Necessary?

I see so much bullshit spouted as fact in general conversation about Operation Praying Mantis (The Operations Room's video is like 25% horse shit), that I can't recommend this book enough. It actually covers the loss of a USN AH-1T Cobra and with it the lives of Captains Kenneth Hill and Stephen Leslie to SAMs from the Iranian LST Lavan, among other details that are either forgotten or assraped in popular retellings.

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  1. 2 months ago
    Anonymous

    With The Old Breed is very good if you want to read an uncensored story of the war in the Pacific written by an actual veteran from his own perspective.

  2. 2 months ago
    Anonymous

    Thanks Anon. For a broader view of the US/Iranian conflict, I would add "The Twilight War," although it is mostly from the American side. "Guardians of the Revolution," is good for an Iranian perspective, although it doesn't focus on the US much. "All the Shah's Men," is good too, as it shows how the coup that returned the Shah to power went. It's an interesting play by play, but I think the biggest thing it does is dispell the myth of a US led coup. The coup was certainly backed, but it was mostly the work of a single junior case officer making phone calls and giving out $100,000 in cash, still not a huge amount of money all things considered back then. The coup and riots to support it were all done by Iranians and it seems quite likely it would have happened either way. Not that US action wasn't recalcitrant and unprincipled, just that the idea of the US totally determining Iranian history is sort of baseless.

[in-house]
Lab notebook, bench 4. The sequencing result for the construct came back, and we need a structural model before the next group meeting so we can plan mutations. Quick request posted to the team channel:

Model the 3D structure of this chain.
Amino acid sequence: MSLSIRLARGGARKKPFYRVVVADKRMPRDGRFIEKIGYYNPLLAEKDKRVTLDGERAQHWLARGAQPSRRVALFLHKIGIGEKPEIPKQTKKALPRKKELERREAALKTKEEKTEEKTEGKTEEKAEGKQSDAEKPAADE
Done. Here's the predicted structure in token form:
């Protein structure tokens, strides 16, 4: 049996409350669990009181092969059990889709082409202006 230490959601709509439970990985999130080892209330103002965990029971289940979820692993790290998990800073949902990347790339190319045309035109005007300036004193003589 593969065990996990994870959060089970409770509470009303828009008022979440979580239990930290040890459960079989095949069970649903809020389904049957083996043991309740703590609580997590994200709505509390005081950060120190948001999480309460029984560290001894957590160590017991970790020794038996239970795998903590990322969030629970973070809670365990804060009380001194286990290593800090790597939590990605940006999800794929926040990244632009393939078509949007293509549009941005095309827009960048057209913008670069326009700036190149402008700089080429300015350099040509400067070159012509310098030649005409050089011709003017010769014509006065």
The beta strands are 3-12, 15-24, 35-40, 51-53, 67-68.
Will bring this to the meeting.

"The Shia Revival," is good regional context even if a bit biased in favor of Iran.

    • 2 months ago
      Anonymous

      anything about the Iran–Iraq War.
      it makes no sense that Iraq just stopped when they were clearly winning.
      >During the 1988 battles, the Iranians put up little resistance, having been worn out by nearly eight years of war.[87]:253 They lost large amounts of equipment.[56] On 2 July, Iran belatedly set up a joint central command which unified the Revolutionary Guard, Army, and Kurdish rebels, and dispelled the rivalry between the Army and the Revolutionary Guard. However, this came too late and, following the capture of 570 of their operable tanks and the destruction of hundreds more, Iran was believed to have fewer than 200 remaining operable tanks on the southern front, against thousands of Iraqi ones.[172] The only area where the Iranians were not suffering major defeats was in Kurdistan.[135]